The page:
The mechanisms behind the physiological and biochemical effects of biostimulants on plants are often unknown, because of the heterogeneous nature of the raw materials used for their production. Furthermore, these effects are often the result of many components that may work synergistically in different ways.

Recent studies suggest that active molecules contained in biostimulants can promote nitrogen assimilation through stimulation of the activity and transcription of N assimilation and Krebs’ cycle enzymes [7-11]. Furthermore, the induction of the metabolic pathway associated with the synthesis of phenylpropanoids in plants treated with biostimulants may explain why these products can help plants to overcome stress situations [14,15]. In particular, a protein hydrolyzate-based fertilizer obtained from alfalfa hydrolyzate plants (AH) was proved to help maize plants to overcome salinity stress through stimulation of enzymes functioning in nitrogen metabolism, enhancement of phenylalanine ammonia-lyase (PAL) activity and transcription, and increase of flavonoid synthesis [16]. PAL is an important enzyme that catalyzes the first committed step in the biosynthesis of phenolics by converting phenylalanine to trans-cinnamic acid and tyrosine to p-coumaric acid, opening the way to the secondary metabolism. The biostimulant activity of AH was related to the presence of triacontanol (TRIA) and indole-3-acetic acid (IAA), two important regulators of plant metabolism [15].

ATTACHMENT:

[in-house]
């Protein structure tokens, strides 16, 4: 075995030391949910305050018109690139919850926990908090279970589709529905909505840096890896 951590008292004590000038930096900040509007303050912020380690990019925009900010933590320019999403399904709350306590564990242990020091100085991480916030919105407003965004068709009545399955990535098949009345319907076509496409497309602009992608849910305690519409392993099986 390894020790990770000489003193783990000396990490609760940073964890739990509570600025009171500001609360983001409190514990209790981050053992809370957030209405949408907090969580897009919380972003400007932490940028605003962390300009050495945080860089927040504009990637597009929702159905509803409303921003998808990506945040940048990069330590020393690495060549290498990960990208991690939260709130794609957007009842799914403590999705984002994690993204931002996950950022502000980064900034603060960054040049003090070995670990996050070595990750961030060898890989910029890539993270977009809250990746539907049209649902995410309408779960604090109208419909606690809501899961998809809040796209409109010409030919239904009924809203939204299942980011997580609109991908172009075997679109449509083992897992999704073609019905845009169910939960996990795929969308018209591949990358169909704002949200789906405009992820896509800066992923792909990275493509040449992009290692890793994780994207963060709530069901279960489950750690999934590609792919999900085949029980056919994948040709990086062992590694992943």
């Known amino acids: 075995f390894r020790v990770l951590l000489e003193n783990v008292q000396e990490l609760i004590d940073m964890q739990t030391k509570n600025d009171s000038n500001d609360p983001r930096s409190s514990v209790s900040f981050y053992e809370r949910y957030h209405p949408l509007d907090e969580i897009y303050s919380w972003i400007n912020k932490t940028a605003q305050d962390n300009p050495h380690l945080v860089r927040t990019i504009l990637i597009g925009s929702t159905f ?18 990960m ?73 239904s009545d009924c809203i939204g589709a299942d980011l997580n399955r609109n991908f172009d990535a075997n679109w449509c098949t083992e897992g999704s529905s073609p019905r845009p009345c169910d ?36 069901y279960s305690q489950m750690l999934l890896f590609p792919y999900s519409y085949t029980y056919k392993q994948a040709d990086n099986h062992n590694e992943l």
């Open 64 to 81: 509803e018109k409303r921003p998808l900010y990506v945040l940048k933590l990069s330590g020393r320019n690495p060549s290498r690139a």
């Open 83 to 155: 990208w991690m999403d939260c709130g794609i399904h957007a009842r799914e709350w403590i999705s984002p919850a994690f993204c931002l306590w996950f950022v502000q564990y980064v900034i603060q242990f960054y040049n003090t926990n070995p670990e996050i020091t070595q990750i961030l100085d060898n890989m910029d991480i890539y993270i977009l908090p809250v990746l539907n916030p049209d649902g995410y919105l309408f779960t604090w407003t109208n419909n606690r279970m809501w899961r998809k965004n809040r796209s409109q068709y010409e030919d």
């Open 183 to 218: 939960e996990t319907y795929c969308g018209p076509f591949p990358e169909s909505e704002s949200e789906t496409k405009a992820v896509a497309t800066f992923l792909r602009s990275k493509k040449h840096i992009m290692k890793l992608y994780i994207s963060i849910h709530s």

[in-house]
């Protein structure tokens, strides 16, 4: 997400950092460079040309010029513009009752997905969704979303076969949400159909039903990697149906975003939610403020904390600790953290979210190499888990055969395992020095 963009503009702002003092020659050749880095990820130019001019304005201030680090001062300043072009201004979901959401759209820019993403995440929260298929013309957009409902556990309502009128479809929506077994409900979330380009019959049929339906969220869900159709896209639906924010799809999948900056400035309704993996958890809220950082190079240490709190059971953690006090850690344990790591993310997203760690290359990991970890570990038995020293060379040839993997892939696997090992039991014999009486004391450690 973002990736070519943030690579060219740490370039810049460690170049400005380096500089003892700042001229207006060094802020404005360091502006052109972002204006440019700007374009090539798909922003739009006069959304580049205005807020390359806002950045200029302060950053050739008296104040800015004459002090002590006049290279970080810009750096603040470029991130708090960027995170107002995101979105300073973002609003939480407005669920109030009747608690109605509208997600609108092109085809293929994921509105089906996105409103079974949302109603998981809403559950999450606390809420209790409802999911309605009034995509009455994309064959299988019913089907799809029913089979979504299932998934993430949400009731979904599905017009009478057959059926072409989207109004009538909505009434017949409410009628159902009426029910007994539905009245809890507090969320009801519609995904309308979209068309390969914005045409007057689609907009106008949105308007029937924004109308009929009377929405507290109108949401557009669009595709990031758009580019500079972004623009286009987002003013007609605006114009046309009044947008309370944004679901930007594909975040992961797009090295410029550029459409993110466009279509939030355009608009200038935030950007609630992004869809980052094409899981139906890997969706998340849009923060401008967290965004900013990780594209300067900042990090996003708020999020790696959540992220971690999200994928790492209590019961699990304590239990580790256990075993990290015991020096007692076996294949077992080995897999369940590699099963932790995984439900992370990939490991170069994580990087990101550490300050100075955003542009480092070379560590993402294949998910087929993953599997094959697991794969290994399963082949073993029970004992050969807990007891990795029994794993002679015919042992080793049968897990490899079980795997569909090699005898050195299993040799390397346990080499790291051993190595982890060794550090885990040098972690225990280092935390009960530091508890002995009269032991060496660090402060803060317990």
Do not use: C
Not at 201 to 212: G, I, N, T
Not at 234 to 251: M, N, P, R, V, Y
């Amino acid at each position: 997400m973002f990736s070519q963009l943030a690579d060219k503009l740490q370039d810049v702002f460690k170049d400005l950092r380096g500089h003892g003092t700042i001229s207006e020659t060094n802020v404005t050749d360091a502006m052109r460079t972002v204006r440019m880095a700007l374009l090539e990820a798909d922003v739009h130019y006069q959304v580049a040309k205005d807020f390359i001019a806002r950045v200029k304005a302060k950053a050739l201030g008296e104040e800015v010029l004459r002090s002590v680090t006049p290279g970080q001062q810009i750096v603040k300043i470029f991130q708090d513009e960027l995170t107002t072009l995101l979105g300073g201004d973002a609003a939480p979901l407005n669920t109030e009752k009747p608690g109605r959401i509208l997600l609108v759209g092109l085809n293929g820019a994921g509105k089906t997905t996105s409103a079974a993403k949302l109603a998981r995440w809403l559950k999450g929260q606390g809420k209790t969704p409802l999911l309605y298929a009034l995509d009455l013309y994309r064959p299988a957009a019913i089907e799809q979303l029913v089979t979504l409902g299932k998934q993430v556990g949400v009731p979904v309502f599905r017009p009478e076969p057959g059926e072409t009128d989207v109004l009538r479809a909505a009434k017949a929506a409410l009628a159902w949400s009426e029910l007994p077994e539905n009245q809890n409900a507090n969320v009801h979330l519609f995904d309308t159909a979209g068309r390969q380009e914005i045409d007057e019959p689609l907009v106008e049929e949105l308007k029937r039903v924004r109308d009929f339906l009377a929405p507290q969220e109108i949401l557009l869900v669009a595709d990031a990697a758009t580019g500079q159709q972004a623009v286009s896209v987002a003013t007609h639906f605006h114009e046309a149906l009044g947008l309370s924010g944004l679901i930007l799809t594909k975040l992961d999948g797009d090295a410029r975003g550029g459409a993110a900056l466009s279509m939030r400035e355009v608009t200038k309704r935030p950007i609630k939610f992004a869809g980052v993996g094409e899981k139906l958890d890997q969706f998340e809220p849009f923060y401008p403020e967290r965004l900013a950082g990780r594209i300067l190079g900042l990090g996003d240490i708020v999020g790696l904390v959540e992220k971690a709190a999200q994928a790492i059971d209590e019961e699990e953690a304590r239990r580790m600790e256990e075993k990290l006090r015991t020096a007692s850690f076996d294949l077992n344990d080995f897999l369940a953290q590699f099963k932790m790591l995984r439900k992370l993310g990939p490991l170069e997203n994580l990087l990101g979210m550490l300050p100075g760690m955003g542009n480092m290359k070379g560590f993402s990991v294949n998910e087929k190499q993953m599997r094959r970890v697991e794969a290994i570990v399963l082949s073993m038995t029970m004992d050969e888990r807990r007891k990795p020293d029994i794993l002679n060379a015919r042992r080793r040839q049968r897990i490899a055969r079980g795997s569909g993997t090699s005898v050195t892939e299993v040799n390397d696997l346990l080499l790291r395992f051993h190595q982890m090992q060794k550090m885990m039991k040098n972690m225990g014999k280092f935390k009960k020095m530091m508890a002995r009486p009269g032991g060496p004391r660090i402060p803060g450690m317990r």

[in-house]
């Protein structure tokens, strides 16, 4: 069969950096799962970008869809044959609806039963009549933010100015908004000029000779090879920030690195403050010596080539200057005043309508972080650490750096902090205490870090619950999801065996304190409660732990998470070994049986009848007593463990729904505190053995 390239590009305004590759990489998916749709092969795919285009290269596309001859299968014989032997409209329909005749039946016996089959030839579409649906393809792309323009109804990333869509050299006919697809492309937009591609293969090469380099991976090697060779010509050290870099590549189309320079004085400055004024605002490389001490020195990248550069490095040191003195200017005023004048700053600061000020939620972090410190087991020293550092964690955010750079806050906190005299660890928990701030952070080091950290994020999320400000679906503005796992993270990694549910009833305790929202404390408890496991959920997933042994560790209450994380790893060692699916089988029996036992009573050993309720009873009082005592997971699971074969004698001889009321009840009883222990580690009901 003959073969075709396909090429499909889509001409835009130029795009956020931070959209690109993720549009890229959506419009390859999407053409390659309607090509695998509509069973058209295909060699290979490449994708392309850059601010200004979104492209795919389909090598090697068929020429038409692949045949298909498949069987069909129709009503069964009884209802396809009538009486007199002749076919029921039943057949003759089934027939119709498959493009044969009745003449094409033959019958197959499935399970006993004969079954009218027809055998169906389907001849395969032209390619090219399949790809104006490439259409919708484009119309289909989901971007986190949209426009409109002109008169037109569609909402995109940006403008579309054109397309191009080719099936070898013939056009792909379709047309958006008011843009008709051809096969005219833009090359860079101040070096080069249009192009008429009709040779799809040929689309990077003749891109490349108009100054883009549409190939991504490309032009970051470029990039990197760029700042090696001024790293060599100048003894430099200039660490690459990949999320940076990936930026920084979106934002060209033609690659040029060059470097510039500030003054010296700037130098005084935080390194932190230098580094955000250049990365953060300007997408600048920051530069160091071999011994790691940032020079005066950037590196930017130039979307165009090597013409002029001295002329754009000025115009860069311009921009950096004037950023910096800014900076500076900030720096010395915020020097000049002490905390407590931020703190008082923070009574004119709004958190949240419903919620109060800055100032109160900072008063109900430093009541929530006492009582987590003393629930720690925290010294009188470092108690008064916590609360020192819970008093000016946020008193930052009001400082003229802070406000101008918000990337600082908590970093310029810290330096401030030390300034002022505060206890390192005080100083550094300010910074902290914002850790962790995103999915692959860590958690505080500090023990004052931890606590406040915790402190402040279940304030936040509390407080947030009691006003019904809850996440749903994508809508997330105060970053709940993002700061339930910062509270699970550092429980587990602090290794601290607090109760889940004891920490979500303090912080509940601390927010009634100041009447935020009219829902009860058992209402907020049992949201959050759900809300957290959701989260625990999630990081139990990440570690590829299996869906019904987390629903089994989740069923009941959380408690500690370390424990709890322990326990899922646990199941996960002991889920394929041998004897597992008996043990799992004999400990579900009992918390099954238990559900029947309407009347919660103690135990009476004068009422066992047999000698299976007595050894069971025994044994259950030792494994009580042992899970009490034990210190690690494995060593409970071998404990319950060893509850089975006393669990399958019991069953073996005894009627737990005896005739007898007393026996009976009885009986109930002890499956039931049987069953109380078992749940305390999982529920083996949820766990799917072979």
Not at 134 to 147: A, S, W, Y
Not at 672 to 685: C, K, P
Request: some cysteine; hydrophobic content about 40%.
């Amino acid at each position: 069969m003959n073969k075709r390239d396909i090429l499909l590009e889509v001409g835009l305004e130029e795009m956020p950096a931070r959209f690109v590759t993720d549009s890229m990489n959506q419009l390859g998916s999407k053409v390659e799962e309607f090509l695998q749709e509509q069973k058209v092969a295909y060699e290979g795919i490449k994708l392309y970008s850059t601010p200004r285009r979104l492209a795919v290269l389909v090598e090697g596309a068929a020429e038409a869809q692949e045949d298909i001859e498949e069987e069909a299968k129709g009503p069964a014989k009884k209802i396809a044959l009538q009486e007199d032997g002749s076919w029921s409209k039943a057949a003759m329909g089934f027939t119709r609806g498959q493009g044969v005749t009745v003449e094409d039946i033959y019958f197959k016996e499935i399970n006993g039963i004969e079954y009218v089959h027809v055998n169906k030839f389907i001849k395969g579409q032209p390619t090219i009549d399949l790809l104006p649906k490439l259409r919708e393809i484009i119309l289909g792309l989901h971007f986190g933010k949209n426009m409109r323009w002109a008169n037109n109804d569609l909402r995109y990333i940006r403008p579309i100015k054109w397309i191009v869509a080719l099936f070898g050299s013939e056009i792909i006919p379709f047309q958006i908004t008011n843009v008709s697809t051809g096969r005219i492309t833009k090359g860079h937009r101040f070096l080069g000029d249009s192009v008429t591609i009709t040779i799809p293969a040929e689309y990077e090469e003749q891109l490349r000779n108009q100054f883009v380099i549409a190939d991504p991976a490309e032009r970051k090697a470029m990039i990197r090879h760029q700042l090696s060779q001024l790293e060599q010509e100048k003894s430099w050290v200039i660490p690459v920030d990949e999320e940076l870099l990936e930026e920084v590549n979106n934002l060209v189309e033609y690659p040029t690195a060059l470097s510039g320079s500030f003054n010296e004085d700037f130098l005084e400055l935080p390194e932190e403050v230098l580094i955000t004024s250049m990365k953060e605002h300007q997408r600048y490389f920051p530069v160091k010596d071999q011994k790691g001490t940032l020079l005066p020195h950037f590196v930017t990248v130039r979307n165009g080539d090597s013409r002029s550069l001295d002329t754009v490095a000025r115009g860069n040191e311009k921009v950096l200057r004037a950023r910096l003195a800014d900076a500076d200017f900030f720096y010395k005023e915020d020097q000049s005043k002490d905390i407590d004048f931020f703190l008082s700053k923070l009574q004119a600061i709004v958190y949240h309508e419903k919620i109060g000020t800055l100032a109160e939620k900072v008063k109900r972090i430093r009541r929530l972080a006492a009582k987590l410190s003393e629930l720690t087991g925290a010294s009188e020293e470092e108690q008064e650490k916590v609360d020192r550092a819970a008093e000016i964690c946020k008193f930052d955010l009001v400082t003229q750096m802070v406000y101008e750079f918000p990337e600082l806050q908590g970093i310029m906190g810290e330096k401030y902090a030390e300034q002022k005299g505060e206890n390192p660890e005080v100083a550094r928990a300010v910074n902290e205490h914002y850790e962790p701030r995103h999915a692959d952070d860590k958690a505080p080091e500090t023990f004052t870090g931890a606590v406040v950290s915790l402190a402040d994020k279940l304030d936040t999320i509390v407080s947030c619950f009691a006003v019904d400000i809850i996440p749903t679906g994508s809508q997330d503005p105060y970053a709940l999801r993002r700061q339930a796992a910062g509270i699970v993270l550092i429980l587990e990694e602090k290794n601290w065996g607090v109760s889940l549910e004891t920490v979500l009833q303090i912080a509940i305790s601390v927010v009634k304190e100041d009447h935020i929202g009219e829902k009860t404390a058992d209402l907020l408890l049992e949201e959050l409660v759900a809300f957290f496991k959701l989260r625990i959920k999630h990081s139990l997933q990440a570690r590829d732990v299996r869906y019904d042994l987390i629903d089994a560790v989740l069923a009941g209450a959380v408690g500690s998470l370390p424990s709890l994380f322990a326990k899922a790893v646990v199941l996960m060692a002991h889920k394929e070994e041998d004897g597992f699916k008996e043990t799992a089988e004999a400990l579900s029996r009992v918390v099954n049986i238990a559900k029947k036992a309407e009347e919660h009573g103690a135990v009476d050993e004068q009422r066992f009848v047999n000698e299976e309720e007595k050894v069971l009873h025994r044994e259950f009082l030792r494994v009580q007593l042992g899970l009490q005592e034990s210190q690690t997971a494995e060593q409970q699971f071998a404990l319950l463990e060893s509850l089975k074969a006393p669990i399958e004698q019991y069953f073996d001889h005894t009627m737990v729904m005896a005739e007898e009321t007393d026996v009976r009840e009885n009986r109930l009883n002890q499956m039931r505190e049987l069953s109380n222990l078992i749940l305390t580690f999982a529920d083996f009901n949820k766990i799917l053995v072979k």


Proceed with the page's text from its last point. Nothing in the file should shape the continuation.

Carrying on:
In recent studies, the application of products with biostimulant action to pepper plants was found to exert positive effects on plant growth and yield without loss of fruit quality [13,17,18]. Pepper is an important agricultural crop due to the nutritional value of its fruits, which are an excellent source of a wide array of phytochemicals with well-known antioxidant properties. The main antioxidant compounds include carotenoids, capsaicinoids, and phenolic compounds, particularly flavonoids, quercetin, and luteolin [19,20].